Hawksbill (Eretmochelys imbricata)
Hawksbill sea turtles (Eretmochelys imbricata) are known for their magnificent shells and interesting food preferences. They have a bird-like beak that is used to pick out sponges from the crevices of coral reef. Their carapace is a dark golden brown with streaks of black, yellow, and orange throughout. The rear edge of the carapace is serrated, and the scutes overlap. Unfortunately, this beauty has taken the hawksbill to the brink of extinction. Hawksbill shell is used to make tortoise shell jewelry, barrettes, combs, and other items, and, like the green turtle, their eggs are harvested for consumption. Harvesting turtle eggs and the trade and import of tortoise shell items is illegal in the United States, but other countries still allow the take of hawksbill turtles. For these reasons, worldwide hawksbill populations are endangered. As adults, these turtles only average about 45-70 kilograms (100-150 pounds) and grow to be about 60-90 centimeters (2-3 feet) long.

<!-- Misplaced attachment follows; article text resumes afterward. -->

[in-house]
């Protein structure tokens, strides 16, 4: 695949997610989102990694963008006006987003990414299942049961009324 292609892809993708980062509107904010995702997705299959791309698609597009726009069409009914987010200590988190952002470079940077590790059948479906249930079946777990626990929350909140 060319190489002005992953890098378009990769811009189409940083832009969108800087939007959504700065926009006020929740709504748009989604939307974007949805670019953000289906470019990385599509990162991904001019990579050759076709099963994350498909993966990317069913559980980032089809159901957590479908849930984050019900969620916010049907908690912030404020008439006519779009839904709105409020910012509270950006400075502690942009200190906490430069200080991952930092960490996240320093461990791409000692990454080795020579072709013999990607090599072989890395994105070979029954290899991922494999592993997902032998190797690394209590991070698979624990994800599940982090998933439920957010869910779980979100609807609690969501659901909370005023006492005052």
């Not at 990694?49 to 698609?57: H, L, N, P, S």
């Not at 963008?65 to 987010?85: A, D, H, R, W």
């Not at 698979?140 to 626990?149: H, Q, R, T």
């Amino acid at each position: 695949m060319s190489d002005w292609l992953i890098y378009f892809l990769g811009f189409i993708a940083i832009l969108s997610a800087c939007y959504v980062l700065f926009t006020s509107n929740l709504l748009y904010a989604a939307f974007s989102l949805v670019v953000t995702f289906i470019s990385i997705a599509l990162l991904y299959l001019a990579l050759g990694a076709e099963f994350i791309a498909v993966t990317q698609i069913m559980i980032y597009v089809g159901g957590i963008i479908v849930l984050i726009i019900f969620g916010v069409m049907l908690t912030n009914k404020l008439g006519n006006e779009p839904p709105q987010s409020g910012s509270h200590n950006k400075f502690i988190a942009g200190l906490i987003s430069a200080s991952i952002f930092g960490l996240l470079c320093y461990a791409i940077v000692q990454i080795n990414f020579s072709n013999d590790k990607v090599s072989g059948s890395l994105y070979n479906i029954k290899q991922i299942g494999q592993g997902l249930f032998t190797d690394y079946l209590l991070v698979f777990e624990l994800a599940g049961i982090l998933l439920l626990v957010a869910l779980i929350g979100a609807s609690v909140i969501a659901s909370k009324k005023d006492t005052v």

Hawksbill scutes are beautiful shades of golden brown in color.
They overlap and create a serrated edge that is unique to this species.
Adult hawksbill swimming on a reef.
Photo credit: Caroline Rogers, USGS